The title is shocking. It is meant to grab you by the shoulders and blow a breath of a foul stench in your face. If the word immediately offends you that means that you have become part of a large segment in society who have grown to intentionally ignore it, put it in the back of your mind, thinking it will go away, or even worse: you associate it with a certain race or ethnic group. You have unknowingly become a part of the problem. Not only is this book a wake up call, it also provides support and therapy for teachers, parents, employers, relatives, and friends who work with or are in relationships with people who constantly refer to themselves as niggas. This book asks the questions that you would get in trouble for asking and speaks for those who would lose their jobs attempting to confront this hip hop fueled mindset. This book is written by a teacher who shares his experiences in and around the classroom where he refused to sit in silence or stand in the shadows of neutrality by simply watching and listening. Mr. Carter decided to live on his feet rather than die on his knees in this extraordinary literary confrontation with the endearing term that makes you squirm.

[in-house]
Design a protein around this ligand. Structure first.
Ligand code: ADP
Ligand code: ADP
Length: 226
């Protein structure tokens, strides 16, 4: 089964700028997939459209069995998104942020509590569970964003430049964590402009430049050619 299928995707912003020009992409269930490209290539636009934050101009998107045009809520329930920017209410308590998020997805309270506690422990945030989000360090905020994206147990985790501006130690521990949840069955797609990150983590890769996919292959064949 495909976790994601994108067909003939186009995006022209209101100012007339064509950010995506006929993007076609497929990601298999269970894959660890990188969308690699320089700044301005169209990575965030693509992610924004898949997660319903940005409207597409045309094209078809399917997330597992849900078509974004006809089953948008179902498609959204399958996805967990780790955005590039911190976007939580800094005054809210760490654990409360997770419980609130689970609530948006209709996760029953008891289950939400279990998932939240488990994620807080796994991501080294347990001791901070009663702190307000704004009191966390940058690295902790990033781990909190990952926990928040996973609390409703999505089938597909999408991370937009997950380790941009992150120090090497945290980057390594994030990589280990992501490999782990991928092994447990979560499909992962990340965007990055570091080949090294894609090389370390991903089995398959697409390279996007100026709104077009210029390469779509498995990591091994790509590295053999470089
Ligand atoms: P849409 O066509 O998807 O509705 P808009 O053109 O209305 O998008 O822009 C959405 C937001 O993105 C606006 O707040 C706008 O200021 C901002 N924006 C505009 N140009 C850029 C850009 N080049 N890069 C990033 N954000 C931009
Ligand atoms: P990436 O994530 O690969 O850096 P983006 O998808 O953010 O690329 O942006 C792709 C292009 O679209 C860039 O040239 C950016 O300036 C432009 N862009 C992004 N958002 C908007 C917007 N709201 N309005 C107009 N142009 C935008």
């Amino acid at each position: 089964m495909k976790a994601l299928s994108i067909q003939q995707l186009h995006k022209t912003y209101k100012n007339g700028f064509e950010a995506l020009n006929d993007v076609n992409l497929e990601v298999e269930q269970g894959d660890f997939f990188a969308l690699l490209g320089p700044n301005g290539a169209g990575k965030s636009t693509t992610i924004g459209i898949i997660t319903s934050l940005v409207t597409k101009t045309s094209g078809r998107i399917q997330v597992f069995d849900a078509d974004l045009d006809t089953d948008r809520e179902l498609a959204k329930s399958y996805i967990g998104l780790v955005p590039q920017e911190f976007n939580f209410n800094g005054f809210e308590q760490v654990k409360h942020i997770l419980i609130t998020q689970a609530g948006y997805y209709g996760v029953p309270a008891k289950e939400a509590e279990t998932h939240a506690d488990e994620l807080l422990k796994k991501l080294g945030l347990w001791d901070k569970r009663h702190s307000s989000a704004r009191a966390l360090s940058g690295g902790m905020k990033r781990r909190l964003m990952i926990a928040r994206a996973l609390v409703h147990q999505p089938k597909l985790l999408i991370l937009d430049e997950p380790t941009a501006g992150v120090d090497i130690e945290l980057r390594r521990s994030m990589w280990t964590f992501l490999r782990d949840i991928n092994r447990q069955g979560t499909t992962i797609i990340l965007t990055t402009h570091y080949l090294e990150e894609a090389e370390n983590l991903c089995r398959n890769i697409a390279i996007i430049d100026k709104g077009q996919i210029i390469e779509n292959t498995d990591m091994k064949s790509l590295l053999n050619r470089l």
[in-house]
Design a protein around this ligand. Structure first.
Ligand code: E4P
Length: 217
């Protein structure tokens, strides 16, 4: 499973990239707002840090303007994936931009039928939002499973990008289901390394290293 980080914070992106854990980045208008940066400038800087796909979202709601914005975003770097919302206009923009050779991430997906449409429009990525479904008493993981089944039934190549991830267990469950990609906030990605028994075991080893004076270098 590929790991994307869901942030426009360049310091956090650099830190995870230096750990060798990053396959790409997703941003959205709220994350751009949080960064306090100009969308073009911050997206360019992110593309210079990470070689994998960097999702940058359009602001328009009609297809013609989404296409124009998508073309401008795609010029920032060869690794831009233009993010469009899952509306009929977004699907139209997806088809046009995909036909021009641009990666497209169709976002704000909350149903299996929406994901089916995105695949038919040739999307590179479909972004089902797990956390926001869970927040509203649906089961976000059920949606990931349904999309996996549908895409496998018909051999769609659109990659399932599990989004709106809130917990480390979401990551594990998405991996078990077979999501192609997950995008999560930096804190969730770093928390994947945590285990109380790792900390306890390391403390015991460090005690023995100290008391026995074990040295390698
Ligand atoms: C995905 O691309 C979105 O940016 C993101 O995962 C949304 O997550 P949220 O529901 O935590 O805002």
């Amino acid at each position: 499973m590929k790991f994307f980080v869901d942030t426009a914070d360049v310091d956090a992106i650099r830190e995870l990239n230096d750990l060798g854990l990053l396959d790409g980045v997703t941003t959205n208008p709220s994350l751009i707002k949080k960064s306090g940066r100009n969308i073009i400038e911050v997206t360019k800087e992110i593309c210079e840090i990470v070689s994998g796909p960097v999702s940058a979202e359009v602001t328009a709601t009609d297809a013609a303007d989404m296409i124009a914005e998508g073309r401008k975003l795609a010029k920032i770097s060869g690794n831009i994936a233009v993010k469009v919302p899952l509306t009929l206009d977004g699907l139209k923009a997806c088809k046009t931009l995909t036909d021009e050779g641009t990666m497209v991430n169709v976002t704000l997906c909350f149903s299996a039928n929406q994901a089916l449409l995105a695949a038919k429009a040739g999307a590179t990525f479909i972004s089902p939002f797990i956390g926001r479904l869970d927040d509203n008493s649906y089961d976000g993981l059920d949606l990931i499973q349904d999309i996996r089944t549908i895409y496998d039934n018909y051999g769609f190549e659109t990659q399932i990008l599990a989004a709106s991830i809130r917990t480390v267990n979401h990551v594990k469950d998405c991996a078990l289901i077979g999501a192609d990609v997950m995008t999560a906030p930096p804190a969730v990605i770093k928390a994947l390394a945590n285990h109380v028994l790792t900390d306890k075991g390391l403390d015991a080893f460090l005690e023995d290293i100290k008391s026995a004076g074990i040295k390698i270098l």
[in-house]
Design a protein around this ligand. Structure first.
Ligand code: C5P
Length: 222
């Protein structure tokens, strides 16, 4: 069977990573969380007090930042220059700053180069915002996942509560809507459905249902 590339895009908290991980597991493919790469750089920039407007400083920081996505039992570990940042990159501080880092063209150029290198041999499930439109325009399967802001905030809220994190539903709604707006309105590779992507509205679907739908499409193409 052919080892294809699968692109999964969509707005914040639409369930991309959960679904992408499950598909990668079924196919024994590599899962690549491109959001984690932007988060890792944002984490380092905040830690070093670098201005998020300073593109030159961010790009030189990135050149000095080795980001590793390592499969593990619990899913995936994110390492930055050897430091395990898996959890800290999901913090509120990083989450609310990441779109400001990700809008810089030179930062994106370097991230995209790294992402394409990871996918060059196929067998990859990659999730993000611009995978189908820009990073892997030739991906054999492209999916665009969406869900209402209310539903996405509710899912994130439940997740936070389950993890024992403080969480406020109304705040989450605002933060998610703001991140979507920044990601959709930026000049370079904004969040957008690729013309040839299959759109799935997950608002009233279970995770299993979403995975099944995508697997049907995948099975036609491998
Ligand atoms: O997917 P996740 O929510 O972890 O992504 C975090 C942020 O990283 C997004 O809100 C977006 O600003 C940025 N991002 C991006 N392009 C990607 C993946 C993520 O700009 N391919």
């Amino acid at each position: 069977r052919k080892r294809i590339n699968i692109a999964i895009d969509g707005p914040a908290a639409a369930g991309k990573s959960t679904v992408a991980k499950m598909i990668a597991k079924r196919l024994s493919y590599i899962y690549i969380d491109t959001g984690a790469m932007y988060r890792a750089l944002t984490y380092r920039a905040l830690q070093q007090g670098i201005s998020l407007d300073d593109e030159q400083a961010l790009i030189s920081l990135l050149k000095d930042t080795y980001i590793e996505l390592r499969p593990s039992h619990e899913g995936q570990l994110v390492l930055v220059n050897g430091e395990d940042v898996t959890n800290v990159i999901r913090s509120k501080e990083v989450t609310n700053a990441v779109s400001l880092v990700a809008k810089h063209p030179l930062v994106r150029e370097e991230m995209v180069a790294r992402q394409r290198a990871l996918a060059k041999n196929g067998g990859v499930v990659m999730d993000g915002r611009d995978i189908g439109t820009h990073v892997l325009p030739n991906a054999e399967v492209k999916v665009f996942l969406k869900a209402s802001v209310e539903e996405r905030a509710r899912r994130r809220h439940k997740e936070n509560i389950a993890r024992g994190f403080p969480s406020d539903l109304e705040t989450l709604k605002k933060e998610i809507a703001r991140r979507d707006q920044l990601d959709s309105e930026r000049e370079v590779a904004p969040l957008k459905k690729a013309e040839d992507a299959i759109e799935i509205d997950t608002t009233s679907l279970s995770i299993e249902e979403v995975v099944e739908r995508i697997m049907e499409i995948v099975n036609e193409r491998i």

Teachin’ Niggas is the no-holds-barred narrative from a public secondary school teacher in urban America. Contending that niggas are multi-ethnic young people fueled by the hip hop culture, author/educator Wesley D. Carter recounts the complete apathy for traditional education and the challenges this ever-growing population presents to both schools and society. The book explores the characteristics observed in students who define themselves as niggas, delineating their culture from the language they use, the materialistic dreams they aspire to achieve, the music and social media that motivates their behavior, and the pitfalls that the world presents to this generation trying to find its voice. Teachin’ Niggas reveals the frustration of the secondary educator refusing to legitimize the controversial term nigga, while acknowledging the word’s transformation from racist origins to an identifying and cultural phenomenon embraced by millions of all colors, genders, and socio-economic strata.